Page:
When talking to investors, you really have to as a founder to know your shit! Understand that for investors showing an interest and meeting you for a coffee or accepting the ZOOM call is not the same as signing the check. There’s a very, very big difference between them being nice and being interested and actually committing. If they say something like I’m interested, and they do not commit an amount of money, even verbally, they’re just being nice.
And what does a commitment mean? It means that they clearly articulate the amount of money they’re willing to put in and under what conditions. If you do not have that you do not have a commitment. Once you have that commitment, you can actually take that and convince other investors to join.
Specifically, getting to a commitment means that in 3-6 months you go through
- 50+ 1st meetings
- Around 10 2nd and 3rd meetings
- 3 soft commitment
- Signing 1 term sheet
Only then you will move to perform the due-diligence process and finally signing the shareholders’ agreement (which is one step away from getting the money in the bank).
To increase your chances of getting your first signed term sheet, do follow these practical tips:
# Mind the fund size – target investors that invest at the stage you are at
# Know the difference between soft vs. hard commitments
# Pick wisely your lead and follower investors
# Play the fear of missing (FOMO) game to your advantage
# Ask hard questions and challenge the investors
# Always feed the pipeline
# Continually build your Investor Data Room
# DON’T LIE – if you do, you will be found out and it’s game over
You only need one and the rest will follow. Not all of them, of course, but it’s going to be easier to get from 1 to 2+, than getting from 0 to 1.
How much and in what conditions?
You do not raise the amount of money that you’ve calculated in an Excel sheet. You’re raising as much as possible, or as little as possible, depending on your capability as a founder, as a CEO, because most of the time the CEO is at the forefront of raising the money.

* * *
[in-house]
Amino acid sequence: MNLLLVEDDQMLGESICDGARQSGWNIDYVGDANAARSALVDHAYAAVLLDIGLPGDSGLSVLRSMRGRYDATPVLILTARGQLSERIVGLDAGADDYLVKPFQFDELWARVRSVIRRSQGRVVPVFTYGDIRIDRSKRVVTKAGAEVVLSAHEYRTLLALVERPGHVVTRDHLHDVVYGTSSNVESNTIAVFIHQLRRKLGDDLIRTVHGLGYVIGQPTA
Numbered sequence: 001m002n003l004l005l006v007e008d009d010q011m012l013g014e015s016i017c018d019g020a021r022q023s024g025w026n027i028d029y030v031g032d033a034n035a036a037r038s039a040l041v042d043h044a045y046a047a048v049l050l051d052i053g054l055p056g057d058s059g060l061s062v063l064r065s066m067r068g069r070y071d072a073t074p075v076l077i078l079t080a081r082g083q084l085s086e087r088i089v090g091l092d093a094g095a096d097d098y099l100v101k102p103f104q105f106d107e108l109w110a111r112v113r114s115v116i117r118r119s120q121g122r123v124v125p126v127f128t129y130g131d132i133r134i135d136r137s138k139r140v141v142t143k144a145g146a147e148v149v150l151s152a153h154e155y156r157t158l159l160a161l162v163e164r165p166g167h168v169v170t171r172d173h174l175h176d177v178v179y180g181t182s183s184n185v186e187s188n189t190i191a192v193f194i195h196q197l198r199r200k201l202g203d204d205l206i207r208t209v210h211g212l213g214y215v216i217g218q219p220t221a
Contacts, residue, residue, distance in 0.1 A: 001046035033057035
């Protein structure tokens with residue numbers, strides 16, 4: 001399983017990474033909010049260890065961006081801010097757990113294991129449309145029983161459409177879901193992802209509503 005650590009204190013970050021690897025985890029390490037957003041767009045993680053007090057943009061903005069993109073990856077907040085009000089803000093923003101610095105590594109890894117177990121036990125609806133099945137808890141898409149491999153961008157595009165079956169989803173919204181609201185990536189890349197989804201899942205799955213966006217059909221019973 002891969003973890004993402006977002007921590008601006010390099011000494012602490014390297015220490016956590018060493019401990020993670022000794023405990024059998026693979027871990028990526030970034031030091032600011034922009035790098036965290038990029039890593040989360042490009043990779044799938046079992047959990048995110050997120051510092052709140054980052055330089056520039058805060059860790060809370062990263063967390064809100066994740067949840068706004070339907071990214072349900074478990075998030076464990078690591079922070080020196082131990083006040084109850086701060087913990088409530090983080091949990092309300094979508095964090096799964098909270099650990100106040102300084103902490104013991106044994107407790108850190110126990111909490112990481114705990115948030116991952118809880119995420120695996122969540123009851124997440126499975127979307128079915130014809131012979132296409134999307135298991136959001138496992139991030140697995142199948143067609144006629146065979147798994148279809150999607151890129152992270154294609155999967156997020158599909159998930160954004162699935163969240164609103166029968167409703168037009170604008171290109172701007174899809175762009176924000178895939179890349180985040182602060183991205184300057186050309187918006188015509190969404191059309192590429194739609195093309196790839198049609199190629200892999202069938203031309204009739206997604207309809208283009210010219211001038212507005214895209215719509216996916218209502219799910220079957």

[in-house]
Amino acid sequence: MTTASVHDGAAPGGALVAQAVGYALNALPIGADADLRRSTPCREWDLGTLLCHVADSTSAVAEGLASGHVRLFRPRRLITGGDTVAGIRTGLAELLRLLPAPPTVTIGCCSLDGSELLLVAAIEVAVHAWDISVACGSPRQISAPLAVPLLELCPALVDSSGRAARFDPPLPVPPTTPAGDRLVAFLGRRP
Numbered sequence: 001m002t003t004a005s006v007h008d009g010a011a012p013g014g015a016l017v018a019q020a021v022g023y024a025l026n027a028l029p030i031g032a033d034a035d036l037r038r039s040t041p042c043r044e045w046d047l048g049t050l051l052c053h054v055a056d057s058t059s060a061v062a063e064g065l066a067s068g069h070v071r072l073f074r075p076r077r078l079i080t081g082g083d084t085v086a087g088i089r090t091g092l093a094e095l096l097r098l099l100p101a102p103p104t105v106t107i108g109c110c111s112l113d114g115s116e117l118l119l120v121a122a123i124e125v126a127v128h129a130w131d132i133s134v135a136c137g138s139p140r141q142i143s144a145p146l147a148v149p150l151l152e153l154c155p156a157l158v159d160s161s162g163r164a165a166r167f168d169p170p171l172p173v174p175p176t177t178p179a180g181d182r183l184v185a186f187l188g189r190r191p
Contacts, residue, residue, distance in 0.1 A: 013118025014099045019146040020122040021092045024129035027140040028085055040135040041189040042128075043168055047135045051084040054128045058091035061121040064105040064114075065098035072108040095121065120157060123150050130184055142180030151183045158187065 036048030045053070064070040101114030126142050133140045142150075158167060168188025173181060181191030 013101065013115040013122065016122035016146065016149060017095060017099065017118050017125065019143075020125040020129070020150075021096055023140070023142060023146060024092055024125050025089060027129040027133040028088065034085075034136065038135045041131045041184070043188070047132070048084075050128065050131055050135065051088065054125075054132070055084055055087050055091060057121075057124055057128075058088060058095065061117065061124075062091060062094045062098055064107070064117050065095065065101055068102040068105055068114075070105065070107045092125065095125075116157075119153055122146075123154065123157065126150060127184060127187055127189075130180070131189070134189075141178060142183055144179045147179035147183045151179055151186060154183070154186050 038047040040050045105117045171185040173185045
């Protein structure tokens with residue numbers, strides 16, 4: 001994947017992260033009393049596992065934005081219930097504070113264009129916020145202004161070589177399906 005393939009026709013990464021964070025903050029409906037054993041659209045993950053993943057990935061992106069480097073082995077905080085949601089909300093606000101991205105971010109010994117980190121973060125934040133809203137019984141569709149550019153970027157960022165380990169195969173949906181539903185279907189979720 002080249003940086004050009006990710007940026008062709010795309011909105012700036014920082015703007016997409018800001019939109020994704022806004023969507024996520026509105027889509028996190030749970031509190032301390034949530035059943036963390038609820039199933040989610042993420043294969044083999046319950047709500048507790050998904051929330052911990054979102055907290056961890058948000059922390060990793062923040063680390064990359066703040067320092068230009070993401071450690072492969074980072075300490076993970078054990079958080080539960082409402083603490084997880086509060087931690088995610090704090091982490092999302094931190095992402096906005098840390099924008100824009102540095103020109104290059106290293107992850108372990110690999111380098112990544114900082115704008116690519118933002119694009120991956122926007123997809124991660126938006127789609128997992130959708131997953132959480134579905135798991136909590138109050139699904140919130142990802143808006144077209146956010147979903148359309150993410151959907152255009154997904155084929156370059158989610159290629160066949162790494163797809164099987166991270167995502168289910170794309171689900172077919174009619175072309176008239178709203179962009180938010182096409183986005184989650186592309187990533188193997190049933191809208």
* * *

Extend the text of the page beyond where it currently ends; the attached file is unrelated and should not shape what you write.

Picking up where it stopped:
Before talking about equity, really take into account using convertible notes or safes. Today there are so many companies and respectful VCs have published their term sheet with all of their terms (not just some). And those became industry best practices.
Giving anywhere between 5% – 10% (sometimes even 15%) equity is decent for a pre-seed or seed round, but it depends on the type of investor you are talking to. Is that person or group coming in with just the money? Or are they bringing in something else like an experienced network that is opening up other opportunities?
Be aware that everybody dilutes when raising money from investors. That’s the name of the game. To grow at speed, sooner or later, you will need to seek professional money, which comes with dilution. And this is not such a scary thing. What you should pay attention to are the rest of the provisions in the agreement.
As Ciprian puts it:
“the control terms are even more important than the economical terms”.Ciprian Borodescu
Be careful with these control terms as they are the most important ones. The best course of action here is to lawyer up because it’s absolutely impossible to know all of those terms in the agreement as a founder. And here’s another thing: investors invest every day, this is their job, so they know what these terms are and how to negotiate them. Your job is to grow the company, and of course, you do need to understand those terms, to have a good intuition, but you need to have help. And so a lawyer can tell you step by step, term by term, what are you risking, and what are the implications.
Finally, having an option pool for your future employees is a must for any serious founder to have for their startup. Although it’s debatable what you want that option pool to be, the typical amount is around 10 – 15%. Rest assured that you won’t find any professional investors that don’t agree with this.
At the end of the day, it’s a negotiation and you must have the maturity as an entrepreneur to know that you are worth more than what is being recognized by some investors.
This article is part of the StepFWD your startup series. Do you need resources for your startup? Check them out: